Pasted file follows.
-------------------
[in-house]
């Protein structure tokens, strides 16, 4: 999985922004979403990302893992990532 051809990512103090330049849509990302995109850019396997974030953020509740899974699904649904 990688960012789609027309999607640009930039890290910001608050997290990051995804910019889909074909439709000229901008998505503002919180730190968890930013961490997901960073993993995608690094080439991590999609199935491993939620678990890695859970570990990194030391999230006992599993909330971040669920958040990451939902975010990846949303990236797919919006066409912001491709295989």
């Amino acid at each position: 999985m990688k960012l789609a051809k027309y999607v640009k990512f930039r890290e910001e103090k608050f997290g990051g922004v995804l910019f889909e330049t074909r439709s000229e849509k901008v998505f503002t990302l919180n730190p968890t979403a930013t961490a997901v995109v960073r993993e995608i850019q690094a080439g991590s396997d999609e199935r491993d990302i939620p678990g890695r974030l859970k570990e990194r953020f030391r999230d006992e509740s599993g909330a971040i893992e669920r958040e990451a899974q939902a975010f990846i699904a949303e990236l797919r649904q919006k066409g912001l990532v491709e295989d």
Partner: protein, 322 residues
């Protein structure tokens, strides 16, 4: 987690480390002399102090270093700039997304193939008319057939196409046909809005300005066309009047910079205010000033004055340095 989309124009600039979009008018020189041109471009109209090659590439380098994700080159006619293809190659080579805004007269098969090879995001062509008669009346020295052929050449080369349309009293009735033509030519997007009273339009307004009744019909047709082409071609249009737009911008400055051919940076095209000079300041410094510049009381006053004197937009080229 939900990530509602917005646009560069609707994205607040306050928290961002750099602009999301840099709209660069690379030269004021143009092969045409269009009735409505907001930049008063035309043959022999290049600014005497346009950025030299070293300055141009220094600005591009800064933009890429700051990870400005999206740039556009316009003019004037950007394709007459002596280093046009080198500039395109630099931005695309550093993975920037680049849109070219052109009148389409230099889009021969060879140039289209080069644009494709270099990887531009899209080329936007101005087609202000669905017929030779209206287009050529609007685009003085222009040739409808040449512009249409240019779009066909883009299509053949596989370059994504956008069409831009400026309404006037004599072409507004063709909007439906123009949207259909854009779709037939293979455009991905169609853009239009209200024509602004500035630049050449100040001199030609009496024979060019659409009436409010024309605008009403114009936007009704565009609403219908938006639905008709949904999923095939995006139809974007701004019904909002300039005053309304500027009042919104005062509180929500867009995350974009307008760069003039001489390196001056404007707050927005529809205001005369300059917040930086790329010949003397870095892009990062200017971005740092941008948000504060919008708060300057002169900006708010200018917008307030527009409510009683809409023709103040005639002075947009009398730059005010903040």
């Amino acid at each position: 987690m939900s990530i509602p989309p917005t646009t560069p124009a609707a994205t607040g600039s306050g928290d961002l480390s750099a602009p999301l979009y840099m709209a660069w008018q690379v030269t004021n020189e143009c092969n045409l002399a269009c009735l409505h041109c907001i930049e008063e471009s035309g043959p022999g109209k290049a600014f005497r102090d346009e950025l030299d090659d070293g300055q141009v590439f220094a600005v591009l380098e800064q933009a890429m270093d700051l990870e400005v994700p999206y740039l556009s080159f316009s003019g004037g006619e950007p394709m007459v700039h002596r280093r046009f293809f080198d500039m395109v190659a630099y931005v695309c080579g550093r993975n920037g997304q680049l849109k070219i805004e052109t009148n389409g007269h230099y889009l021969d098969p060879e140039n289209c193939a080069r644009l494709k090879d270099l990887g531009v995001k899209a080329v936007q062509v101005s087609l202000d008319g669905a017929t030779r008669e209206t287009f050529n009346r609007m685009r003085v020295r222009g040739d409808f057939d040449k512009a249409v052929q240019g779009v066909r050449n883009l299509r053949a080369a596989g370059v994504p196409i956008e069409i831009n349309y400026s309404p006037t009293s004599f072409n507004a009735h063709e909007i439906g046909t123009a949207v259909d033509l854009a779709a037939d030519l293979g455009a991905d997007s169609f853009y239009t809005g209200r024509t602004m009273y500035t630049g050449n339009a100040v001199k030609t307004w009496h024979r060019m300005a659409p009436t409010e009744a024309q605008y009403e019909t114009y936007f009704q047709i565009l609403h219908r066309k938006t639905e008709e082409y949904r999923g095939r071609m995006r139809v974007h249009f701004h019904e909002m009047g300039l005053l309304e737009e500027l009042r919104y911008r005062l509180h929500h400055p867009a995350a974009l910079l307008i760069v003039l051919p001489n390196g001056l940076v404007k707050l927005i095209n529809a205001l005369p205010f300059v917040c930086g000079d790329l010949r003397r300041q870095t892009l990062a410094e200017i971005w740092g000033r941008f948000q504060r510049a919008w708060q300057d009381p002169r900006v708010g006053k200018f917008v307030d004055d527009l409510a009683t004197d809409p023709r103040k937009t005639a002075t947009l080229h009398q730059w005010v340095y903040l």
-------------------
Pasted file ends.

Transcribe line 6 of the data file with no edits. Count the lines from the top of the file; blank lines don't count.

């Amino acid at each position: 987690m939900s990530i509602p989309p917005t646009t560069p124009a609707a994205t607040g600039s306050g928290d961002l480390s750099a602009p999301l979009y840099m709209a660069w008018q690379v030269t004021n020189e143009c092969n045409l002399a269009c009735l409505h041109c907001i930049e008063e471009s035309g043959p022999g109209k290049a600014f005497r102090d346009e950025l030299d090659d070293g300055q141009v590439f220094a600005v591009l380098e800064q933009a890429m270093d700051l990870e400005v994700p999206y740039l556009s080159f316009s003019g004037g006619e950007p394709m007459v700039h002596r280093r046009f293809f080198d500039m395109v190659a630099y931005v695309c080579g550093r993975n920037g997304q680049l849109k070219i805004e052109t009148n389409g007269h230099y889009l021969d098969p060879e140039n289209c193939a080069r644009l494709k090879d270099l990887g531009v995001k899209a080329v936007q062509v101005s087609l202000d008319g669905a017929t030779r008669e209206t287009f050529n009346r609007m685009r003085v020295r222009g040739d409808f057939d040449k512009a249409v052929q240019g779009v066909r050449n883009l299509r053949a080369a596989g370059v994504p196409i956008e069409i831009n349309y400026s309404p006037t009293s004599f072409n507004a009735h063709e909007i439906g046909t123009a949207v259909d033509l854009a779709a037939d030519l293979g455009a991905d997007s169609f853009y239009t809005g209200r024509t602004m009273y500035t630049g050449n339009a100040v001199k030609t307004w009496h024979r060019m300005a659409p009436t409010e009744a024309q605008y009403e019909t114009y936007f009704q047709i565009l609403h219908r066309k938006t639905e008709e082409y949904r999923g095939r071609m995006r139809v974007h249009f701004h019904e909002m009047g300039l005053l309304e737009e500027l009042r919104y911008r005062l509180h929500h400055p867009a995350a974009l910079l307008i760069v003039l051919p001489n390196g001056l940076v404007k707050l927005i095209n529809a205001l005369p205010f300059v917040c930086g000079d790329l010949r003397r300041q870095t892009l990062a410094e200017i971005w740092g000033r941008f948000q504060r510049a919008w708060q300057d009381p002169r900006v708010g006053k200018f917008v307030d004055d527009l409510a009683t004197d809409p023709r103040k937009t005639a002075t947009l080229h009398q730059w005010v340095y903040l």